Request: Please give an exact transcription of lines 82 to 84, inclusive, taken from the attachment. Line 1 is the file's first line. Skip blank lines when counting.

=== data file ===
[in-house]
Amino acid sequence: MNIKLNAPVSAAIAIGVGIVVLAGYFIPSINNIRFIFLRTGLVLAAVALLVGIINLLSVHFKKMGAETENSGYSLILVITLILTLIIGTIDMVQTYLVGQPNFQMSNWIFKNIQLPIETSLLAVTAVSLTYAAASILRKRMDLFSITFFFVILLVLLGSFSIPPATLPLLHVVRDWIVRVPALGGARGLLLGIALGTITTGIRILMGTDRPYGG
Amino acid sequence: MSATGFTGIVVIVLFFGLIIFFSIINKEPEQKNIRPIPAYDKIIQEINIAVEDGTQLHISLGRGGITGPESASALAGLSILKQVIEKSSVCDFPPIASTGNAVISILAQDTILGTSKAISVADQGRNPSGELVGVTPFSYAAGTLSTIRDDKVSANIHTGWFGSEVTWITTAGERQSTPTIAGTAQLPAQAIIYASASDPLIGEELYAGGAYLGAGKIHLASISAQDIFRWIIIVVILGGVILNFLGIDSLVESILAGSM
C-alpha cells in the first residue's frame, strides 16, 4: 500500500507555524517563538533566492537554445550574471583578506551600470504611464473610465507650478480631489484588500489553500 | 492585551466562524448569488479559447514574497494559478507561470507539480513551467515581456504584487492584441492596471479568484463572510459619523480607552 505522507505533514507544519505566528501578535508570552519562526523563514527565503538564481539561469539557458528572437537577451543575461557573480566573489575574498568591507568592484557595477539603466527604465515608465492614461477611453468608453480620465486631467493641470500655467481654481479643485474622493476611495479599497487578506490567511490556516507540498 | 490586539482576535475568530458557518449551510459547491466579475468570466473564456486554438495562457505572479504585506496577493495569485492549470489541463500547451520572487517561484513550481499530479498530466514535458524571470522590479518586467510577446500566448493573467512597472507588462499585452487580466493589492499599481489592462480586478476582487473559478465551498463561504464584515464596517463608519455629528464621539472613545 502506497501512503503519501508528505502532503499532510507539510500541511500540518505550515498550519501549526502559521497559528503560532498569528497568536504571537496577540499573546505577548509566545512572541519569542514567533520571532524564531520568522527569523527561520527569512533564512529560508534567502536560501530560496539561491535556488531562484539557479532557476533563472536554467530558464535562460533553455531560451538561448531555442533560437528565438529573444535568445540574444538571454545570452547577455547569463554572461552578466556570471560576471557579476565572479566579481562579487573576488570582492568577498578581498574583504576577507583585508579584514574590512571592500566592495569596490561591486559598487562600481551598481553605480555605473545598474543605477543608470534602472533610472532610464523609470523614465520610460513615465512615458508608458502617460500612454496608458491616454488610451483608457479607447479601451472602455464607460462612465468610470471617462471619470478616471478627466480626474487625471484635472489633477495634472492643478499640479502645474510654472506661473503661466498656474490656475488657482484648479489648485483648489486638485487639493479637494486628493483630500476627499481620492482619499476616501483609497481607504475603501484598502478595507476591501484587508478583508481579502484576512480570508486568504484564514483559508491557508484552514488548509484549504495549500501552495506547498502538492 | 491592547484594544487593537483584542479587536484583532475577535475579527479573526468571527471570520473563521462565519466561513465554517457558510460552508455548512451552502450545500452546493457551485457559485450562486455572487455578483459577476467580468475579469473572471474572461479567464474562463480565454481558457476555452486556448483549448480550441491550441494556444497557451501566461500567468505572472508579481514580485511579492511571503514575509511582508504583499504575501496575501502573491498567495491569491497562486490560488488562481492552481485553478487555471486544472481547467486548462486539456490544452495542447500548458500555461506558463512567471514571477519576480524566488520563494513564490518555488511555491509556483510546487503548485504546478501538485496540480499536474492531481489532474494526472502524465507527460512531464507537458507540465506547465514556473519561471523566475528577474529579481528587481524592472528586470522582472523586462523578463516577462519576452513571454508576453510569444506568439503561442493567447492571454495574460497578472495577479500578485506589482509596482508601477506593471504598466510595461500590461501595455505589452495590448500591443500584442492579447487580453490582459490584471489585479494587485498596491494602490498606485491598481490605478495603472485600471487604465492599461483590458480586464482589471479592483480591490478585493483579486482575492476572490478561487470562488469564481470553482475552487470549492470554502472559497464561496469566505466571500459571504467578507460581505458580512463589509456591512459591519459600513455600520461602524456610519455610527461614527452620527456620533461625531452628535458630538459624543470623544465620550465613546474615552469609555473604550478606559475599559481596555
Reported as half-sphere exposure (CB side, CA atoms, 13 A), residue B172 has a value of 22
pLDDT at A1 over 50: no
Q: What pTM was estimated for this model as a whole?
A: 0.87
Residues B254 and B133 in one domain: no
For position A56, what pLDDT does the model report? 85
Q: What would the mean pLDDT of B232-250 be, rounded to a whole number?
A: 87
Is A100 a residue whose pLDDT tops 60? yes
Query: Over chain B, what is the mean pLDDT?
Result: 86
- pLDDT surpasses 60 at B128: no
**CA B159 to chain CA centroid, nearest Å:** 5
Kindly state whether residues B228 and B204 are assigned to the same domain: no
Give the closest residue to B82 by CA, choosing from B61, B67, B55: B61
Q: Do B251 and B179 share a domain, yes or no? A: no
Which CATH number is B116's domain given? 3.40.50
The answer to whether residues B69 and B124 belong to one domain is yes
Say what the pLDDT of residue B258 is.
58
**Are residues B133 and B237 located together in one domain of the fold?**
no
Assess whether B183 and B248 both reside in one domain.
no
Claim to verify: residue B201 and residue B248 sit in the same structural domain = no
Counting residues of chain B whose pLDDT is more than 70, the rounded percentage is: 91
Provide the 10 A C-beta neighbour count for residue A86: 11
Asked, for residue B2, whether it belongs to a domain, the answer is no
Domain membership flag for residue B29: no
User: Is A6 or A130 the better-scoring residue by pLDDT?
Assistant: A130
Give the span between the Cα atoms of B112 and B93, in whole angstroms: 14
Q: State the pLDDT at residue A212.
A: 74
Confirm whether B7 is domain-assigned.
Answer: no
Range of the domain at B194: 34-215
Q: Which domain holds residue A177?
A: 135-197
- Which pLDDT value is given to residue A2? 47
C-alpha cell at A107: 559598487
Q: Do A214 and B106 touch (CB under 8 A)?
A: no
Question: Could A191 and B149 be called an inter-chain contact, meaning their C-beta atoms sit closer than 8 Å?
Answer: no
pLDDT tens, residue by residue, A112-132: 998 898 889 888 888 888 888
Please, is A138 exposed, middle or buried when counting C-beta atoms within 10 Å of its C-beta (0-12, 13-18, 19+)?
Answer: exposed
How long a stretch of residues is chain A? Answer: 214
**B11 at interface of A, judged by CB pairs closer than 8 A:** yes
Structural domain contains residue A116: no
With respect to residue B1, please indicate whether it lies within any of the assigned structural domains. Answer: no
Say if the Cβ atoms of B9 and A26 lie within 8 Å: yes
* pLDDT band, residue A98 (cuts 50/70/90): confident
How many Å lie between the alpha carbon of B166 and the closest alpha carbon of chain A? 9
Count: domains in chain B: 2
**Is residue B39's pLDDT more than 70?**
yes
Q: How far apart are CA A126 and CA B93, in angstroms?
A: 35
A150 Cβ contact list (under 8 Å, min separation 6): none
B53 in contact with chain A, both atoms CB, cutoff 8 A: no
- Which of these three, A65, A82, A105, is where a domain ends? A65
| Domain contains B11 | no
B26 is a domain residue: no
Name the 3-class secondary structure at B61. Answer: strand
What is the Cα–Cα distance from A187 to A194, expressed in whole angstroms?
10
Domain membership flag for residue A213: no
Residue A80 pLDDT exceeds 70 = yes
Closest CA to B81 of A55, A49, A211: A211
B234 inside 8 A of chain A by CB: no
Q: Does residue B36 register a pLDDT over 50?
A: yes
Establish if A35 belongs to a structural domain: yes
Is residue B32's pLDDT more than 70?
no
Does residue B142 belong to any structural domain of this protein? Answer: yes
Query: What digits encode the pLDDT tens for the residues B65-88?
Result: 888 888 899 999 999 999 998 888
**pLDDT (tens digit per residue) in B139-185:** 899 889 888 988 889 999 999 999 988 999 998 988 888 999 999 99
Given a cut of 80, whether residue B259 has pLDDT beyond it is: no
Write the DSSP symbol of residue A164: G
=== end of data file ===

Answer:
Does residue B142 belong to any structural domain of this protein? Answer: yes
Query: What digits encode the pLDDT tens for the residues B65-88?
Result: 888 888 899 999 999 999 998 888